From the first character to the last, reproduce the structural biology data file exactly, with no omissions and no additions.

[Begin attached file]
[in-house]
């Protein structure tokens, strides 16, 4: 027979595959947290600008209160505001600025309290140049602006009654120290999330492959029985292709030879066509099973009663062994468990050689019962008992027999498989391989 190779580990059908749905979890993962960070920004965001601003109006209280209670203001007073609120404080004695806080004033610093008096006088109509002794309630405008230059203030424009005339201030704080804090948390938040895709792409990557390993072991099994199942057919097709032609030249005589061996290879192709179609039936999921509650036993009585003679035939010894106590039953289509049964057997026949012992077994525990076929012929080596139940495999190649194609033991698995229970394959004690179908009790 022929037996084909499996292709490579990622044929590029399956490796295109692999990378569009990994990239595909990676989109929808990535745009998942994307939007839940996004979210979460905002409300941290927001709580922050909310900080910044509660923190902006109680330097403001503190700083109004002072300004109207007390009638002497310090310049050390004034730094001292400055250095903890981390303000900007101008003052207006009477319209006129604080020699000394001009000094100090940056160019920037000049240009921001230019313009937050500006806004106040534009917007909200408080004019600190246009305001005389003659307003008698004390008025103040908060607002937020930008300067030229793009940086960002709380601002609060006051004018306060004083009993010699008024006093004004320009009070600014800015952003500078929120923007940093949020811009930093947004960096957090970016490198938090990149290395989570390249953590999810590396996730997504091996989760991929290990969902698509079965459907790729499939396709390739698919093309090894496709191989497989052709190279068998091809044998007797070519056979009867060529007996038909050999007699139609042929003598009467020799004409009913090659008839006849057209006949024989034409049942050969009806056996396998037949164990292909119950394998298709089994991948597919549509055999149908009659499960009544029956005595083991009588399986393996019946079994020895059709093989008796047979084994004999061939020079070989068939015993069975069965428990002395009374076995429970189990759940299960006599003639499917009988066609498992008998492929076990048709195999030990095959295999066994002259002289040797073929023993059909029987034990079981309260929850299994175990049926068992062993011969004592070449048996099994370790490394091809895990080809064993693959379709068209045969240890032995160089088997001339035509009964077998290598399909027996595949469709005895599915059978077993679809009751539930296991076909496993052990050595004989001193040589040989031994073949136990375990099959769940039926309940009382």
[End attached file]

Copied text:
[in-house]
């Protein structure tokens, strides 16, 4: 027979595959947290600008209160505001600025309290140049602006009654120290999330492959029985292709030879066509099973009663062994468990050689019962008992027999498989391989 190779580990059908749905979890993962960070920004965001601003109006209280209670203001007073609120404080004695806080004033610093008096006088109509002794309630405008230059203030424009005339201030704080804090948390938040895709792409990557390993072991099994199942057919097709032609030249005589061996290879192709179609039936999921509650036993009585003679035939010894106590039953289509049964057997026949012992077994525990076929012929080596139940495999190649194609033991698995229970394959004690179908009790 022929037996084909499996292709490579990622044929590029399956490796295109692999990378569009990994990239595909990676989109929808990535745009998942994307939007839940996004979210979460905002409300941290927001709580922050909310900080910044509660923190902006109680330097403001503190700083109004002072300004109207007390009638002497310090310049050390004034730094001292400055250095903890981390303000900007101008003052207006009477319209006129604080020699000394001009000094100090940056160019920037000049240009921001230019313009937050500006806004106040534009917007909200408080004019600190246009305001005389003659307003008698004390008025103040908060607002937020930008300067030229793009940086960002709380601002609060006051004018306060004083009993010699008024006093004004320009009070600014800015952003500078929120923007940093949020811009930093947004960096957090970016490198938090990149290395989570390249953590999810590396996730997504091996989760991929290990969902698509079965459907790729499939396709390739698919093309090894496709191989497989052709190279068998091809044998007797070519056979009867060529007996038909050999007699139609042929003598009467020799004409009913090659008839006849057209006949024989034409049942050969009806056996396998037949164990292909119950394998298709089994991948597919549509055999149908009659499960009544029956005595083991009588399986393996019946079994020895059709093989008796047979084994004999061939020079070989068939015993069975069965428990002395009374076995429970189990759940299960006599003639499917009988066609498992008998492929076990048709195999030990095959295999066994002259002289040797073929023993059909029987034990079981309260929850299994175990049926068992062993011969004592070449048996099994370790490394091809895990080809064993693959379709068209045969240890032995160089088997001339035509009964077998290598399909027996595949469709005895599915059978077993679809009751539930296991076909496993052990050595004989001193040589040989031994073949136990375990099959769940039926309940009382």